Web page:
Natural gas: a strategic resource or just an inflated bubble?
In recent months, natural gas has been a commodity that has significantly affected not only the financial markets, but has also indirectly affected the lives of ordinary people whose cost of living has increased. How the gas market actually works today and what influences its price is what we will look at in today’s article.
Natural gas is a fossil fuel that is extracted from porous sedimentary rocks encased in structural traps, similar to oil. It is found either alone or together with oil or coal. Although natural gas has been known to humans since ancient times, it has been used commercially for a relatively short period of time.
The first commercial use of gas dates back to 1785, when gas produced from coal was used to light houses and streets. In the beginning, the use of gas as a source of light was its only use. By the end of the nineteenth century, the Industrial Revolution and new technologies expanded its uses. New ways of transporting gas, extracting it or processing it also helped to boost its use.
Today, natural gas is one of the primary sources of energy and is used for heating, electricity generation, as a raw material in the production of plastics, as a source of hydrogen in the production of nitrogen fertilisers and, to a lesser extent, as a vehicle fuel, which is cleaner and cheaper than petrol and diesel.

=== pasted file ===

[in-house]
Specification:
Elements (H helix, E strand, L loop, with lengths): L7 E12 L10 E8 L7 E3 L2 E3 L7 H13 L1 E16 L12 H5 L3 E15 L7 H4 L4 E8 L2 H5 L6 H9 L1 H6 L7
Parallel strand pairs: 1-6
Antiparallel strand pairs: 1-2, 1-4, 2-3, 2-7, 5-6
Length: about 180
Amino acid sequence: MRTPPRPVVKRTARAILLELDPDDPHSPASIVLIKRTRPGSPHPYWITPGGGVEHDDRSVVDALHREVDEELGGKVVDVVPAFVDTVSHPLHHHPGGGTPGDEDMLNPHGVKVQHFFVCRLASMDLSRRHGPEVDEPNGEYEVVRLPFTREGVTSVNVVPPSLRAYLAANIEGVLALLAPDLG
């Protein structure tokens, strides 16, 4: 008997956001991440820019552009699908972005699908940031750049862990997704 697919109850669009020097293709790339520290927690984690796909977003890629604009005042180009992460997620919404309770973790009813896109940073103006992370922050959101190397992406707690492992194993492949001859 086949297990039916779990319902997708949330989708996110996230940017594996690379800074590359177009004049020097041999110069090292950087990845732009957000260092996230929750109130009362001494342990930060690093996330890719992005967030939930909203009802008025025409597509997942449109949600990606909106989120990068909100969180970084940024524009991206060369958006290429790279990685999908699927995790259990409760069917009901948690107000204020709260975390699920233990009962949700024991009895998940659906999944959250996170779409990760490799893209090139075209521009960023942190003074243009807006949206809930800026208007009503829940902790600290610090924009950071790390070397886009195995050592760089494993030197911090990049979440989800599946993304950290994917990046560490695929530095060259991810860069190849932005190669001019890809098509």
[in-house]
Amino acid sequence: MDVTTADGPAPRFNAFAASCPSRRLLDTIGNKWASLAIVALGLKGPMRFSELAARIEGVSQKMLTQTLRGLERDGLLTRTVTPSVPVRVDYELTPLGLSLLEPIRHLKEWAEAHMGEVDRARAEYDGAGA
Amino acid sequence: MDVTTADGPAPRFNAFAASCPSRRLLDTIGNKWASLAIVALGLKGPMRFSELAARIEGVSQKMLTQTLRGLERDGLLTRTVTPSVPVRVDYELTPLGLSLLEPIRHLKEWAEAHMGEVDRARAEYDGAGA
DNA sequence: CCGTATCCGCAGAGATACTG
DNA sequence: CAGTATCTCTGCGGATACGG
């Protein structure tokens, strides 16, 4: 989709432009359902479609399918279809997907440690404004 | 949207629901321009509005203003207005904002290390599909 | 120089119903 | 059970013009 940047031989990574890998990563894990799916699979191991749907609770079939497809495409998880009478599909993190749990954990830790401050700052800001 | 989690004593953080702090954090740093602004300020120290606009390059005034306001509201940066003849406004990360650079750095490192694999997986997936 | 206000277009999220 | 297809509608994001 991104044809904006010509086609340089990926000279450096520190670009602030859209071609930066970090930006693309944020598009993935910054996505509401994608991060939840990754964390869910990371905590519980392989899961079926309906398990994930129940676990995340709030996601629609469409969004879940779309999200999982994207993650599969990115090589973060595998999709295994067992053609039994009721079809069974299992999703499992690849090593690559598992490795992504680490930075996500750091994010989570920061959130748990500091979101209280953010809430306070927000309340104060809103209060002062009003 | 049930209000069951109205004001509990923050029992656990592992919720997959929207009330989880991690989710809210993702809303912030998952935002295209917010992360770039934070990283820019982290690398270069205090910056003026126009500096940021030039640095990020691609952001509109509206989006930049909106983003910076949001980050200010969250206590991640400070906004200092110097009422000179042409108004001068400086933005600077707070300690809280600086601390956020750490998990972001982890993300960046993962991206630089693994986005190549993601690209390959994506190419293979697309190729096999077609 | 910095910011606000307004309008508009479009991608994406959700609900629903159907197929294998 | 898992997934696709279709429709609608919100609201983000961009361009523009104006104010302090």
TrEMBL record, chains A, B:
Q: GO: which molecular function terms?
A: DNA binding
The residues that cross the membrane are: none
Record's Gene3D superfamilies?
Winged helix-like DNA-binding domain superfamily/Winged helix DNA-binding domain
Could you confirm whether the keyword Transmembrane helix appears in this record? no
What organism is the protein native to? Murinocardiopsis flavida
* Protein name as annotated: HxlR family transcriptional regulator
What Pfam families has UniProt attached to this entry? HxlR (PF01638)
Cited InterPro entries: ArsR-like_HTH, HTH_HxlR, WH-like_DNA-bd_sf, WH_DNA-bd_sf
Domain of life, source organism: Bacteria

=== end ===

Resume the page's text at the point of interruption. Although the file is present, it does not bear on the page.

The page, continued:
Natural gas has always been considered a lesser-known ‘sibling’ of oil as one of the best-known fossil fuels, but recently its importance has been growing along with the expanding possibilities for its extraction and use.
The relatively stable price of natural gas began to rise more sharply in 2021 when the world was thrown into an energy crisis following the peak of the COVID-19 pandemic and many supply chains were disrupted. This was complicated by the Russian invasion of Ukraine and the gradual reduction of Russian gas supplies to Europe, which was a major customer.
The resulting uncertainty and the need for European countries to look for other sources of gas have led to a significant rise in gas prices, with prices peaking in August this year. Gas is not easy to store and to transport, which also leads to increased purchasing costs, and the natural gas market is not as integrated as, for example, the oil market. This leads to relatively large price differences from region to region and more difficult negotiation of new contracts.
The fact that the price of gas is currently very volatile and its development is very difficult to predict is also demonstrated by the situation at the end of October, when the oversupply of gas in US ships and the lack of storage capacity led to the price of the hourly contract (which is a rather specific contract, serving only to settle the balance in one hour, but it is sufficient to illustrate the situation) at one point falling below zero.
The situation in the natural gas market is still tense, but this may suit traders in the financial markets. Price fluctuations are an ideal opportunity for short-term trades and offer plenty of opportunities to enter the market in either direction.